The Irish band U2 returned to Paris on Sunday night to play the first of two shows that had been postponed in the wake of the Nov. 13 terrorist attacks around the city that left 130 people dead, including 89 at the Bataclan, a music hall where the American band Eagles of Death Metal was playing when it was stormed by gunmen.
It was the first large-scale cultural event in the city since the attacks, and security at the AccorHotels Arena, just a few miles from the Bataclan, was tight, with concertgoers undergoing full body searches as they entered and a heavy police presence outside.
“Tonight we are all Parisian,” Bono, the band’s frontman, said in French to the sold-out crowd of 17,000, adding in English, “If you love liberty, then Paris is your hometown.” Near the end of the set, he retrieved a French flag from the crowd, draping it over his shoulder and later placing it in front of the band’s drums.
U2 had been set to play at the arena on Nov. 14 and 15 on its “Innocence and Experience” tour, but called off the shows, citing the state of emergency that had been put in place across France. The tour will end Monday night in Paris, with a show scheduled to be broadcast by HBO at 9 p.m.
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There had been reports that U2 would be joined onstage in Paris by Eagles of Death Metal, but earlier Sunday U2 posted on its website: “This is not the case. We have another surprise guest planned for tonight’s show.”
That guest turned out to be Patti Smith, who closed out the 27-song concert with her 1988 song “People Have the Power,” with its refrain “The power to dream, to rule/To wrestle the world from fools.”
In an interview before the concerts, Bono, U2’s frontman, said it was important for the band to return to the stage as soon as possible. “Terrorism relies on people being terrorized, and we were not going to be,” he said. “We felt the biggest and the only real contribution we can make at a moment like that is to honor the people of Paris, who brought us the concept of liberté, égalité, fraternité.”
Nonetheless, the show included an acknowledgment that Paris still remained on edge less than a month after the attacks. The simulated bomb meant to mark the band’s transition from innocence to experience (the album pegged to the tour is “Songs of Innocence”) in recent concerts remained part of the show, albeit with a warning: Before the band took the stage a voice over a loudspeaker announced that the explosions “are part of the show, are safe and are nothing to be concerned about.”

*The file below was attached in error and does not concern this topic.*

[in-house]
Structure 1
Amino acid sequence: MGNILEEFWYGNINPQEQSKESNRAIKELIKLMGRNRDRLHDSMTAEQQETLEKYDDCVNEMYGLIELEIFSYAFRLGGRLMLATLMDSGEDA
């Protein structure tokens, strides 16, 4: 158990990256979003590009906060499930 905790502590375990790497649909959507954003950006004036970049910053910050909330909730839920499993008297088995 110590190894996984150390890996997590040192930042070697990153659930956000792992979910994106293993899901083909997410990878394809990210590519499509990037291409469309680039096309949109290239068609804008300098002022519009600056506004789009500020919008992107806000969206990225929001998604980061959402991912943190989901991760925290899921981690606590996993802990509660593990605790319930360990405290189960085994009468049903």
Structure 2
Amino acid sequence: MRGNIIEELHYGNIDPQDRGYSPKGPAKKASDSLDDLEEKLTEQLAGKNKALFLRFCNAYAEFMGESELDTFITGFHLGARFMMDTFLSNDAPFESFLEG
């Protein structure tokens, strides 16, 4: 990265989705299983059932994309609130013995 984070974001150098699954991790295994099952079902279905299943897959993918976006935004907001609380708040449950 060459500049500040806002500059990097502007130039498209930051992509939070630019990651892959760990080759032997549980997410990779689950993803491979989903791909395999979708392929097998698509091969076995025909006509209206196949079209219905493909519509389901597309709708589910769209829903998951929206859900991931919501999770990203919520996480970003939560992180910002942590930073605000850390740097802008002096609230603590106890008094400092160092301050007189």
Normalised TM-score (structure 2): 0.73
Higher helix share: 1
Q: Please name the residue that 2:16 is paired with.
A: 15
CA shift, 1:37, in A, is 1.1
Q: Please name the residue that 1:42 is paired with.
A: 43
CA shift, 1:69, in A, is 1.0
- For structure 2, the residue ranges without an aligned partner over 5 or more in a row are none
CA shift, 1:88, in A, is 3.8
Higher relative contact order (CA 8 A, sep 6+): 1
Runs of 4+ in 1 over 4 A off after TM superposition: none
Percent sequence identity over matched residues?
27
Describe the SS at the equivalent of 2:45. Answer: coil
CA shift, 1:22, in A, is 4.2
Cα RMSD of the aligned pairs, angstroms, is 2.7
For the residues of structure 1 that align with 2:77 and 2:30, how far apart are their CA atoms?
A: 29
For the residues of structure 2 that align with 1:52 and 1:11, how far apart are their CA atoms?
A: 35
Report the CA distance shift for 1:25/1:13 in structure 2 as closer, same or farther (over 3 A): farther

Bono made repeated references to Paris throughout the show, and the five-song encore opened with “City of Blinding Lights” as huge screens in the background showed images of the capital by night followed by the names of the Nov. 13 victims. The song ended with Bono singing lyrics from the Jacque Brel song “Ne Me Quitte Pas” (“Don’t Leave Me”).
The rest of the encore included the band’s early anthems “Beautiful Day,” “Bad,” and “One,” which was modified to include the chorus from another U2 song “Invisible”: “There is no them. There’s only us.”
This is not the first time U2 has paid tribute to the victims of terror. When the band played Madison Square Garden a few weeks after the Sept. 11 attacks, it honored emergency services workers onstage and also projected the names of those killed.
The band touched on other highly charged topics in Sunday’s show, with references to HIV, the war in Syria and the European migrant crisis, displaying the hashtag #refugeeswelcome on large screens at one point.
Few fans apparently were deterred from attending the rescheduled shows. Of the 34,000 tickets sold for the November concerts, just 2,000 were refunded and resold, according to the band.
Stephane Le Bozec, 47, who drove more than five hours from the Brittany region to be in Paris for the concert, said the idea of not attending never crossed his mind, “not for a second.” He added: “We’re not afraid. Music is my passion and the attacks make it even important to be here, to share our passion for music and for U2.”
Léa Vlaeminck, 19, a student from New Caledonia who was at the concert with her boyfriend, said she was proud to attend. “It’s how we can fight terrorism, by continuing to go to concerts,” she said. “I feel it’s our duty to be here.”